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China’s Economy – based on exports

Mixed results for April, China’s trade surplus slows but still shows some signs of growth. What are the causes and the impacts for the rest of the world? How will this affect the Europe Union – China’s biggest trade partner and will there be a knock on effect for North America? I welcome your comments – see Boston.com for more.

Foreign Investment – Reasons For Doing Business in China

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Foreign investment in China – reasons for doing business in China

China represents massive market potential for a whole range products and services. Starbucks is one of the biggest names when it comes to coffee almost anywhere in the world. The staggering success of Starbucks here in China is already legendary and should be the template on how to make business in China work. Its success is due to several important factors, but none more important than the outstanding execution of its business model. Another factor in the continuous success of Starbucks would have to be the continual tweaks and adjustments of its products in view of local tastes and requirements – for example its “green tea frappuccino” that I believe is only available in Asia.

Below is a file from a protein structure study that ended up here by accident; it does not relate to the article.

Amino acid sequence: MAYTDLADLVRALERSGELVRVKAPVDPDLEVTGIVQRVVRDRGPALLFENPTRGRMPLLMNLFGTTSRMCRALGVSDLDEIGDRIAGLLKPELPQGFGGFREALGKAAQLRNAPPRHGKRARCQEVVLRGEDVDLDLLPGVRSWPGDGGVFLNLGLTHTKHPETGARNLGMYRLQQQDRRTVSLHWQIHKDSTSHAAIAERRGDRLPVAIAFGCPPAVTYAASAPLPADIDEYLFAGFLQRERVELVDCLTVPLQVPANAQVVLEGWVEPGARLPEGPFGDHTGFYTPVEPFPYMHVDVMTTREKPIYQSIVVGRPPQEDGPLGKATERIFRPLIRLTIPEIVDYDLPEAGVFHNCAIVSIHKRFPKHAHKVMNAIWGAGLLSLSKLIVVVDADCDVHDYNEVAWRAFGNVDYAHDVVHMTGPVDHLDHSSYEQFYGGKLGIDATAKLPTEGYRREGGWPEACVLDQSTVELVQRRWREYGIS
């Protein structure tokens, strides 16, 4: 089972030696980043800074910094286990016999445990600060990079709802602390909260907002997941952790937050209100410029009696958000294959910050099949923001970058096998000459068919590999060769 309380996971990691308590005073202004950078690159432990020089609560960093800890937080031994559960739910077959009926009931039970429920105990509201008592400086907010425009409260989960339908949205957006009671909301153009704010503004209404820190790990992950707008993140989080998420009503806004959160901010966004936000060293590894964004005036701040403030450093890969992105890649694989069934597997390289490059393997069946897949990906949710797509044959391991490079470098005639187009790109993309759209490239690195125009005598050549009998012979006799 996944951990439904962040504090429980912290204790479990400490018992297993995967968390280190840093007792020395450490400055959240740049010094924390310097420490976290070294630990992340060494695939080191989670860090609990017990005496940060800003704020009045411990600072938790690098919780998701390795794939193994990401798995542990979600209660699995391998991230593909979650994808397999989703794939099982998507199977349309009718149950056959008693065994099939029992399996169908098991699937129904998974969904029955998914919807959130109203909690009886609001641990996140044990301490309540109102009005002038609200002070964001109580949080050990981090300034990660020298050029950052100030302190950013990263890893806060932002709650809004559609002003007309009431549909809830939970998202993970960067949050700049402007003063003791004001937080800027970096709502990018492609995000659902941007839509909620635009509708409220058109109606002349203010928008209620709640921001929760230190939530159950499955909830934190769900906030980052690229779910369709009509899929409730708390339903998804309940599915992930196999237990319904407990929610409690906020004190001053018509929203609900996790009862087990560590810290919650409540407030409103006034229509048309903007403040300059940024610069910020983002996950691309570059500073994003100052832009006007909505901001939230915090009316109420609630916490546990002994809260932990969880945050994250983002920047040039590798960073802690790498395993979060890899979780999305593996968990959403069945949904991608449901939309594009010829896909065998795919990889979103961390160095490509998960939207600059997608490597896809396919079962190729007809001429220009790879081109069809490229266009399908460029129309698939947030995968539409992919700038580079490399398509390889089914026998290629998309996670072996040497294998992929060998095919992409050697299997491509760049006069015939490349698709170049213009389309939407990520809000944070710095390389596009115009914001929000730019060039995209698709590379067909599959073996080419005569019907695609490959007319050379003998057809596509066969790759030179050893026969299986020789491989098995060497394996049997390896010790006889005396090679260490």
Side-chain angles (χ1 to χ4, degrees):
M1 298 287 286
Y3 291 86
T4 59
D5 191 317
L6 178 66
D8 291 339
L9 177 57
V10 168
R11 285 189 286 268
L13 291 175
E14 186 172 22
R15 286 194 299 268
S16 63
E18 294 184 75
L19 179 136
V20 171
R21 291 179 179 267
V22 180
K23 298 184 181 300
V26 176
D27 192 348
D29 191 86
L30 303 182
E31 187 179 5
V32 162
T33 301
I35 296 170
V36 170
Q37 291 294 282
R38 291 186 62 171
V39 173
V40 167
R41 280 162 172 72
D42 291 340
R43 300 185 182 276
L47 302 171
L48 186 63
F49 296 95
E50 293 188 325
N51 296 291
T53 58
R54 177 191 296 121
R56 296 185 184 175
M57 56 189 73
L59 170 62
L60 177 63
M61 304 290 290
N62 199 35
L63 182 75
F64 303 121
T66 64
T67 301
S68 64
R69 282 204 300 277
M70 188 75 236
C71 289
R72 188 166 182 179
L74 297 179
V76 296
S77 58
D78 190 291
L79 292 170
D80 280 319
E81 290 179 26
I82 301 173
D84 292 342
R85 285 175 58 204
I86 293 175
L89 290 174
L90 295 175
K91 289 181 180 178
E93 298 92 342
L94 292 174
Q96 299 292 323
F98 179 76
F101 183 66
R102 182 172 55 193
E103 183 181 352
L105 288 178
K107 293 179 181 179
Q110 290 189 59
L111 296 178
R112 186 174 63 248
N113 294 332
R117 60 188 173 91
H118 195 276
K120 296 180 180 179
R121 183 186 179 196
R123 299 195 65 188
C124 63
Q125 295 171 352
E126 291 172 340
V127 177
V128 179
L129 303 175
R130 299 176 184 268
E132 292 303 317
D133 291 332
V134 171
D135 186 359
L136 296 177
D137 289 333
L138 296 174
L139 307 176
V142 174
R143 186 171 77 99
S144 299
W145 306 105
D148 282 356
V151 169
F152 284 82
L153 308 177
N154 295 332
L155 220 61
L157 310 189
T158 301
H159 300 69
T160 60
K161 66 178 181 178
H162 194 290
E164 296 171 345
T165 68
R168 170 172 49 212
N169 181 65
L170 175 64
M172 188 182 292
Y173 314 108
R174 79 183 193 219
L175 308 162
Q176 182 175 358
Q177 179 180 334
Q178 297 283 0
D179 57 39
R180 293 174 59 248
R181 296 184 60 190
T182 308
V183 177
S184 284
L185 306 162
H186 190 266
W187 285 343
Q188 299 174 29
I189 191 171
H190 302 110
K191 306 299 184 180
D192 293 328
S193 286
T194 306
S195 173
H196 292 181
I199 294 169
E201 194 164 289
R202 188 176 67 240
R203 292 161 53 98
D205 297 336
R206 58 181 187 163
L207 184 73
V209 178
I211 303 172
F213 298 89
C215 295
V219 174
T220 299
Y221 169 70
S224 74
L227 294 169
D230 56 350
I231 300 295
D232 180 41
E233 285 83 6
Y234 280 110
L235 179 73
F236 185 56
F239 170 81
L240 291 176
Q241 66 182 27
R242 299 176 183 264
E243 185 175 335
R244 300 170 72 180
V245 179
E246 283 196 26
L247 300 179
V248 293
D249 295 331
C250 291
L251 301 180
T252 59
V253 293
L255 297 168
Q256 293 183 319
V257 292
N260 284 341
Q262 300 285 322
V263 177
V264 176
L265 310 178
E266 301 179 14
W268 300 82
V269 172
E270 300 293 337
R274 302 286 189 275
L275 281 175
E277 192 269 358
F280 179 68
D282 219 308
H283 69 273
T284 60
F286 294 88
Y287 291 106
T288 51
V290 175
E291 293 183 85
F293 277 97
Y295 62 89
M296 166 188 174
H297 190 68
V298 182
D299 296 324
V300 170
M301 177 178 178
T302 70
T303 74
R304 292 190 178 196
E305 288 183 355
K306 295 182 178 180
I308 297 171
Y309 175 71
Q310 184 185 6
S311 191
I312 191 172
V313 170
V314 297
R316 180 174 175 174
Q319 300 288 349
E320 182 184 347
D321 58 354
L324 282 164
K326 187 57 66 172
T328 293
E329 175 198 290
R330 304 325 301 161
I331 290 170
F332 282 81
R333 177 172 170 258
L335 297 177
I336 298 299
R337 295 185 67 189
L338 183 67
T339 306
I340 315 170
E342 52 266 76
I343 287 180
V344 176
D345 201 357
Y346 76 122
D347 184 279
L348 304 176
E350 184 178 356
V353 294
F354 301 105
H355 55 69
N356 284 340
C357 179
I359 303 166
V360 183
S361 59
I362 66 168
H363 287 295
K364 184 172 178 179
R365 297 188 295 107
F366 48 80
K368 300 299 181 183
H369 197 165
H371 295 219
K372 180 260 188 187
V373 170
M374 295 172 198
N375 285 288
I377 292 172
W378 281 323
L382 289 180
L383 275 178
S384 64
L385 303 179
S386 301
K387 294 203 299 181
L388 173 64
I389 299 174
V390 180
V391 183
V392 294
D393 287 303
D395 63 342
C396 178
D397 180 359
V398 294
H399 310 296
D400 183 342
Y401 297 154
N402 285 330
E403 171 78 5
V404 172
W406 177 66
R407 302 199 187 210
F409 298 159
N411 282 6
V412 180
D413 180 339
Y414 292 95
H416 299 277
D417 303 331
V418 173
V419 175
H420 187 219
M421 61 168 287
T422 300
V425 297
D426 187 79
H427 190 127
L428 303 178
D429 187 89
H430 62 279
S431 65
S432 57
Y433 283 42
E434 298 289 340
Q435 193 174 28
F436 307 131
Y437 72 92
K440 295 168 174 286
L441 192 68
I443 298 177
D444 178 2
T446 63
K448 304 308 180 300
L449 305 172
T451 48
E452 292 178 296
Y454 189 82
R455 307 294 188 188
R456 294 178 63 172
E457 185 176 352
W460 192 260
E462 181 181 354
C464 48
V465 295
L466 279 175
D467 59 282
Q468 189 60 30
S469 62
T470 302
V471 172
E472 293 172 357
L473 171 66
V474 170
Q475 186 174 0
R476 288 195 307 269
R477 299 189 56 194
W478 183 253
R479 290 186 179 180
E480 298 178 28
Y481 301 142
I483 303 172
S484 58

There are still great opportunities here, although it would be virtually impossible for any single coffee shop brand to rival “you know who”. The next wave of successful businesses may yet come from services or products that many businesses and individuals take for granted. Take leasing for example, small companies to huge multinationals they all lease in one shape or form in the USA. Not only that, but it’s a multi-billion dollar industry, and still overlooked here in China by overseas leasing firms. The key might be to choose an industry that’s not a completely new concept, but at the same time a sector of low competitiveness. Of course it’s not as simple as I am making out, because certain industry sectors have extremely robust and competent foes. In addition government policies might also favor local competition in some circumstances. The benefits of doing business in China in my opinion out way the risks, and it’s something that I deal with in my up and coming e-book “Doing Business In China”.